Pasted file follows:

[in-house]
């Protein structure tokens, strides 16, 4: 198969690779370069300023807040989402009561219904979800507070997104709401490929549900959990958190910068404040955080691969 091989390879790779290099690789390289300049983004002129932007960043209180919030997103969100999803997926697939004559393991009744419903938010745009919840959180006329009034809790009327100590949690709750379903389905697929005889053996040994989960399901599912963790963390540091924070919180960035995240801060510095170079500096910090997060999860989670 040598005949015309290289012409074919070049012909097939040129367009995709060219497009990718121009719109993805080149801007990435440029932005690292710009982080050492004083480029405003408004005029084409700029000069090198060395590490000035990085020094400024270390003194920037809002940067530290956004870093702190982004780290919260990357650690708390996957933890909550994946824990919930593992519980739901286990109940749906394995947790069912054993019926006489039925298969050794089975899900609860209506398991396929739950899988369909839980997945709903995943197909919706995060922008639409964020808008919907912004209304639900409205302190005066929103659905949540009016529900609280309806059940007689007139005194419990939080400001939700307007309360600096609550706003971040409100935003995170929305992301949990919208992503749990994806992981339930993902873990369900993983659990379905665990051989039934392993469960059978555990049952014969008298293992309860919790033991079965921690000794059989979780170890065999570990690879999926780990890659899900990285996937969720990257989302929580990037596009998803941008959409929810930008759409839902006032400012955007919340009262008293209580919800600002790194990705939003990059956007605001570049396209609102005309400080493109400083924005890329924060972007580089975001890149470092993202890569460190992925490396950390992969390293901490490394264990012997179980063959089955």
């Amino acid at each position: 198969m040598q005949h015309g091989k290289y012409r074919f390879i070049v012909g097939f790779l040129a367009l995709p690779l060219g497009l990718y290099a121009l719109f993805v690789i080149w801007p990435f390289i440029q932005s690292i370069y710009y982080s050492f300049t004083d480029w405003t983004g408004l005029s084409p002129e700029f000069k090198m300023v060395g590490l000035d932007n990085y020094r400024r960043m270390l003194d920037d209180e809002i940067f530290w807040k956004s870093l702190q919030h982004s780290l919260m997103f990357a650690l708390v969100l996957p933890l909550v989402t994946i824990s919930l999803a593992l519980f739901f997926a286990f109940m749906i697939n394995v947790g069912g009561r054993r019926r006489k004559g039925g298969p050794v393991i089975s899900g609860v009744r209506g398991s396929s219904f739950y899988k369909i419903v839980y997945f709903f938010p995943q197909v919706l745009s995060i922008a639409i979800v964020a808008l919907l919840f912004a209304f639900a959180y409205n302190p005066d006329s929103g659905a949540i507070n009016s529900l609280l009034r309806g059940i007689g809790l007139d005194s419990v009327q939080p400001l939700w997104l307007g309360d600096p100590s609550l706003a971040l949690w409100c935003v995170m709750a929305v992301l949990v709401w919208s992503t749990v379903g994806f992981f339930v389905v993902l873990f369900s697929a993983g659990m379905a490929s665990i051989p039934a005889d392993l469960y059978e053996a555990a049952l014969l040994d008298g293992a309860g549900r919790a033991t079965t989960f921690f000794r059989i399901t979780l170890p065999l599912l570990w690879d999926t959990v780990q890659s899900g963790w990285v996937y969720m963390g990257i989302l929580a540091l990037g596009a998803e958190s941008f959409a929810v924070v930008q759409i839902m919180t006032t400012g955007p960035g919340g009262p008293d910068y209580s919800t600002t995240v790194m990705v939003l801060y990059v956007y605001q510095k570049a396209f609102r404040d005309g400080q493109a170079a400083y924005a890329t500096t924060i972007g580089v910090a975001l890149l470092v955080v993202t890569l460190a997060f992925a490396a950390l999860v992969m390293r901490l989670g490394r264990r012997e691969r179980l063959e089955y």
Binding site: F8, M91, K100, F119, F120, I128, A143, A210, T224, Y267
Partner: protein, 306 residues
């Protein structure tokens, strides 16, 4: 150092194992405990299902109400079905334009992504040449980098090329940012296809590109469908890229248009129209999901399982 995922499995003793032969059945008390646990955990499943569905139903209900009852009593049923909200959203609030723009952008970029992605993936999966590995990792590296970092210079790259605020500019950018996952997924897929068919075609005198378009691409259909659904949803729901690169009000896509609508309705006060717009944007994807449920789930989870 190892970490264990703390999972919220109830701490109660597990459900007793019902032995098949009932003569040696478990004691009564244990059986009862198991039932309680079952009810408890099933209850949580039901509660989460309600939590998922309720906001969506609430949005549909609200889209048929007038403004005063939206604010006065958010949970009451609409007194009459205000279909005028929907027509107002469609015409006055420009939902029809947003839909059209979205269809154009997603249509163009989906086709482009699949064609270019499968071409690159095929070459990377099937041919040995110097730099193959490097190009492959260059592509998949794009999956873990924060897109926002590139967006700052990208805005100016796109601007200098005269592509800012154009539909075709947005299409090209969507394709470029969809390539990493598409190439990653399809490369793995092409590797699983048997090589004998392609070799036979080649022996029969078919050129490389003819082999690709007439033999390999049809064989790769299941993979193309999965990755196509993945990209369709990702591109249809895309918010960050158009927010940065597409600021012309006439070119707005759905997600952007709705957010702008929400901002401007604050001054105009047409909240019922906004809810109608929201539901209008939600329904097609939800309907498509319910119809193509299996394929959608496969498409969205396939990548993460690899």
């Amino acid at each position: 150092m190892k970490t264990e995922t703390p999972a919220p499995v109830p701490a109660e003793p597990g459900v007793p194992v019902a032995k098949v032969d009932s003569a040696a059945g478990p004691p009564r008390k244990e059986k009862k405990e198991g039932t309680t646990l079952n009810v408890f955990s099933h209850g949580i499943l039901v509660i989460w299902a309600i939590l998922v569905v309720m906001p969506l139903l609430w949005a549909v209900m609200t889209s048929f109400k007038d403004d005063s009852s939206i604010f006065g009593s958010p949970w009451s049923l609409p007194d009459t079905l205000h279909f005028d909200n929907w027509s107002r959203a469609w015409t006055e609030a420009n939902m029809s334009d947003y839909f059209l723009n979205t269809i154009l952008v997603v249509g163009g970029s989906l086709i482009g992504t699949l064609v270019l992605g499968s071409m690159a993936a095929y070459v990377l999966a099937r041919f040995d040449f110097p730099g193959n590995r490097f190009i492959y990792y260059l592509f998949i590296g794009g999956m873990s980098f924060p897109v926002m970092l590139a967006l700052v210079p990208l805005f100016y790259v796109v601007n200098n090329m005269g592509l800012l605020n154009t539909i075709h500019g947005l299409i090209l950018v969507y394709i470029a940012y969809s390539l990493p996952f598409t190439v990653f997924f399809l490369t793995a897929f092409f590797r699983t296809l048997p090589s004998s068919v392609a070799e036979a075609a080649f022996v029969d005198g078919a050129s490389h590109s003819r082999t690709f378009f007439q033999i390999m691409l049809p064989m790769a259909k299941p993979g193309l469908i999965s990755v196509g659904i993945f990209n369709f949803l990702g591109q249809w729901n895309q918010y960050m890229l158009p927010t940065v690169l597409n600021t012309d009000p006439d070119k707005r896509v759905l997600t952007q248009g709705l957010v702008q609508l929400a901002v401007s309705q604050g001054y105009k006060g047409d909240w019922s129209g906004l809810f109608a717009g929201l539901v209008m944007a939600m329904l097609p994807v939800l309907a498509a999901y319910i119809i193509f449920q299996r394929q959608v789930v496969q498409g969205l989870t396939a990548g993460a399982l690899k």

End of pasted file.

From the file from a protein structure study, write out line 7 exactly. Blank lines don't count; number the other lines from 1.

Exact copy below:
């Amino acid at each position: 150092m190892k970490t264990e995922t703390p999972a919220p499995v109830p701490a109660e003793p597990g459900v007793p194992v019902a032995k098949v032969d009932s003569a040696a059945g478990p004691p009564r008390k244990e059986k009862k405990e198991g039932t309680t646990l079952n009810v408890f955990s099933h209850g949580i499943l039901v509660i989460w299902a309600i939590l998922v569905v309720m906001p969506l139903l609430w949005a549909v209900m609200t889209s048929f109400k007038d403004d005063s009852s939206i604010f006065g009593s958010p949970w009451s049923l609409p007194d009459t079905l205000h279909f005028d909200n929907w027509s107002r959203a469609w015409t006055e609030a420009n939902m029809s334009d947003y839909f059209l723009n979205t269809i154009l952008v997603v249509g163009g970029s989906l086709i482009g992504t699949l064609v270019l992605g499968s071409m690159a993936a095929y070459v990377l999966a099937r041919f040995d040449f110097p730099g193959n590995r490097f190009i492959y990792y260059l592509f998949i590296g794009g999956m873990s980098f924060p897109v926002m970092l590139a967006l700052v210079p990208l805005f100016y790259v796109v601007n200098n090329m005269g592509l800012l605020n154009t539909i075709h500019g947005l299409i090209l950018v969507y394709i470029a940012y969809s390539l990493p996952f598409t190439v990653f997924f399809l490369t793995a897929f092409f590797r699983t296809l048997p090589s004998s068919v392609a070799e036979a075609a080649f022996v029969d005198g078919a050129s490389h590109s003819r082999t690709f378009f007439q033999i390999m691409l049809p064989m790769a259909k299941p993979g193309l469908i999965s990755v196509g659904i993945f990209n369709f949803l990702g591109q249809w729901n895309q918010y960050m890229l158009p927010t940065v690169l597409n600021t012309d009000p006439d070119k707005r896509v759905l997600t952007q248009g709705l957010v702008q609508l929400a901002v401007s309705q604050g001054y105009k006060g047409d909240w019922s129209g906004l809810f109608a717009g929201l539901v209008m944007a939600m329904l097609p994807v939800l309907a498509a999901y319910i119809i193509f449920q299996r394929q959608v789930v496969q498409g969205l989870t396939a990548g993460a399982l690899k």